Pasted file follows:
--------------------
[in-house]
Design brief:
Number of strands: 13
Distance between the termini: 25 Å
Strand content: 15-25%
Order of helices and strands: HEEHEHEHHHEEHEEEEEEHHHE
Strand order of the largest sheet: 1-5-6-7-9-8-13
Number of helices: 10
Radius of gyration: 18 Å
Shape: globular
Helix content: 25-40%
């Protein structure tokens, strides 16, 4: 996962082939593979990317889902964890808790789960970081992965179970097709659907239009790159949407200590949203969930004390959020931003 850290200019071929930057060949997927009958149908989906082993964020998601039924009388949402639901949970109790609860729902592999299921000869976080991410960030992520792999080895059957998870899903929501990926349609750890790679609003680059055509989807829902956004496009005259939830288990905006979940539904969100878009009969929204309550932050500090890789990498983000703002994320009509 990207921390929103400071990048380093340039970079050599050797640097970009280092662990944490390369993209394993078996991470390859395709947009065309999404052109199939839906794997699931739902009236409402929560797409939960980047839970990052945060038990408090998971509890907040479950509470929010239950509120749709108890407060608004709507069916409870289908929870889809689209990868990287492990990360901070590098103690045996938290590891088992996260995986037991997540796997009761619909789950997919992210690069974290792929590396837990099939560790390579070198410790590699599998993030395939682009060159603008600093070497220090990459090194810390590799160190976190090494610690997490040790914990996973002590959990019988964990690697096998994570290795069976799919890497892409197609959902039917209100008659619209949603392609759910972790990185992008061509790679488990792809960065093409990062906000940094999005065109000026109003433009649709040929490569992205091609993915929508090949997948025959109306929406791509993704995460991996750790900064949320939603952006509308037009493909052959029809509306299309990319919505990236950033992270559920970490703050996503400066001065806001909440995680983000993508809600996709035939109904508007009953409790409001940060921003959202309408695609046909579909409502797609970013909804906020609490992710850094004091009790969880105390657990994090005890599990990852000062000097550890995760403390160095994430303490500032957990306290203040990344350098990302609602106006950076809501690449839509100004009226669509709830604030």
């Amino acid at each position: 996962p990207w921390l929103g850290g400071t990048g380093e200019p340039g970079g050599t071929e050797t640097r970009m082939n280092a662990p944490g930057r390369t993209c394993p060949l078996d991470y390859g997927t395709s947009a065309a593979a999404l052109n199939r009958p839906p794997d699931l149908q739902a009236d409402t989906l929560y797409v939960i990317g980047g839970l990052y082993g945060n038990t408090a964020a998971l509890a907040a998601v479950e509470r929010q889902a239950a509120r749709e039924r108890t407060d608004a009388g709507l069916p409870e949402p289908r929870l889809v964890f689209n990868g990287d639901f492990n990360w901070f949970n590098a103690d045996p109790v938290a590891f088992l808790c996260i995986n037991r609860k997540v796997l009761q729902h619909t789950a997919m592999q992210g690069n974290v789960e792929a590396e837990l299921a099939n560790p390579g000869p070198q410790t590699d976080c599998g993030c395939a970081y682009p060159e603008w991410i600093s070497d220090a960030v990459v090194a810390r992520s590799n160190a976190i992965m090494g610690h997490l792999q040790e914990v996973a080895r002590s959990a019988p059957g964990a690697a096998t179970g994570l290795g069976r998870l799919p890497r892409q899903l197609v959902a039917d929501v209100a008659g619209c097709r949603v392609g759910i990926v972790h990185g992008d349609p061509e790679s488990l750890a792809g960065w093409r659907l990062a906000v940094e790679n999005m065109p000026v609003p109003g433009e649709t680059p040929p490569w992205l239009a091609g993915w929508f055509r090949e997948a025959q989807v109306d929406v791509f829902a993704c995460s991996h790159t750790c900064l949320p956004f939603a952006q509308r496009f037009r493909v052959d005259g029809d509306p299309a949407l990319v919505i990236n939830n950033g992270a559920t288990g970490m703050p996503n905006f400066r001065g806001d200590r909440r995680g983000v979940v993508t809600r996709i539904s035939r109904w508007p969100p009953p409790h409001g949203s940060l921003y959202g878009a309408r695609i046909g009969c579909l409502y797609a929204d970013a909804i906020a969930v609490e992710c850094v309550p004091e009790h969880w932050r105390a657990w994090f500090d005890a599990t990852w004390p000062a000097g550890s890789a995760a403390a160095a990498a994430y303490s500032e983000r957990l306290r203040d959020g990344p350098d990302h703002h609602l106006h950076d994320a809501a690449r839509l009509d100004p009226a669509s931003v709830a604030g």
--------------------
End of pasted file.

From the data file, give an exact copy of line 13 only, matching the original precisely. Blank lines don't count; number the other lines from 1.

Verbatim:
């Amino acid at each position: 996962p990207w921390l929103g850290g400071t990048g380093e200019p340039g970079g050599t071929e050797t640097r970009m082939n280092a662990p944490g930057r390369t993209c394993p060949l078996d991470y390859g997927t395709s947009a065309a593979a999404l052109n199939r009958p839906p794997d699931l149908q739902a009236d409402t989906l929560y797409v939960i990317g980047g839970l990052y082993g945060n038990t408090a964020a998971l509890a907040a998601v479950e509470r929010q889902a239950a509120r749709e039924r108890t407060d608004a009388g709507l069916p409870e949402p289908r929870l889809v964890f689209n990868g990287d639901f492990n990360w901070f949970n590098a103690d045996p109790v938290a590891f088992l808790c996260i995986n037991r609860k997540v796997l009761q729902h619909t789950a997919m592999q992210g690069n974290v789960e792929a590396e837990l299921a099939n560790p390579g000869p070198q410790t590699d976080c599998g993030c395939a970081y682009p060159e603008w991410i600093s070497d220090a960030v990459v090194a810390r992520s590799n160190a976190i992965m090494g610690h997490l792999q040790e914990v996973a080895r002590s959990a019988p059957g964990a690697a096998t179970g994570l290795g069976r998870l799919p890497r892409q899903l197609v959902a039917d929501v209100a008659g619209c097709r949603v392609g759910i990926v972790h990185g992008d349609p061509e790679s488990l750890a792809g960065w093409r659907l990062a906000v940094e790679n999005m065109p000026v609003p109003g433009e649709t680059p040929p490569w992205l239009a091609g993915w929508f055509r090949e997948a025959q989807v109306d929406v791509f829902a993704c995460s991996h790159t750790c900064l949320p956004f939603a952006q509308r496009f037009r493909v052959d005259g029809d509306p299309a949407l990319v919505i990236n939830n950033g992270a559920t288990g970490m703050p996503n905006f400066r001065g806001d200590r909440r995680g983000v979940v993508t809600r996709i539904s035939r109904w508007p969100p009953p409790h409001g949203s940060l921003y959202g878009a309408r695609i046909g009969c579909l409502y797609a929204d970013a909804i906020a969930v609490e992710c850094v309550p004091e009790h969880w932050r105390a657990w994090f500090d005890a599990t990852w004390p000062a000097g550890s890789a995760a403390a160095a990498a994430y303490s500032e983000r957990l306290r203040d959020g990344p350098d990302h703002h609602l106006h950076d994320a809501a690449r839509l009509d100004p009226a669509s931003v709830a604030g």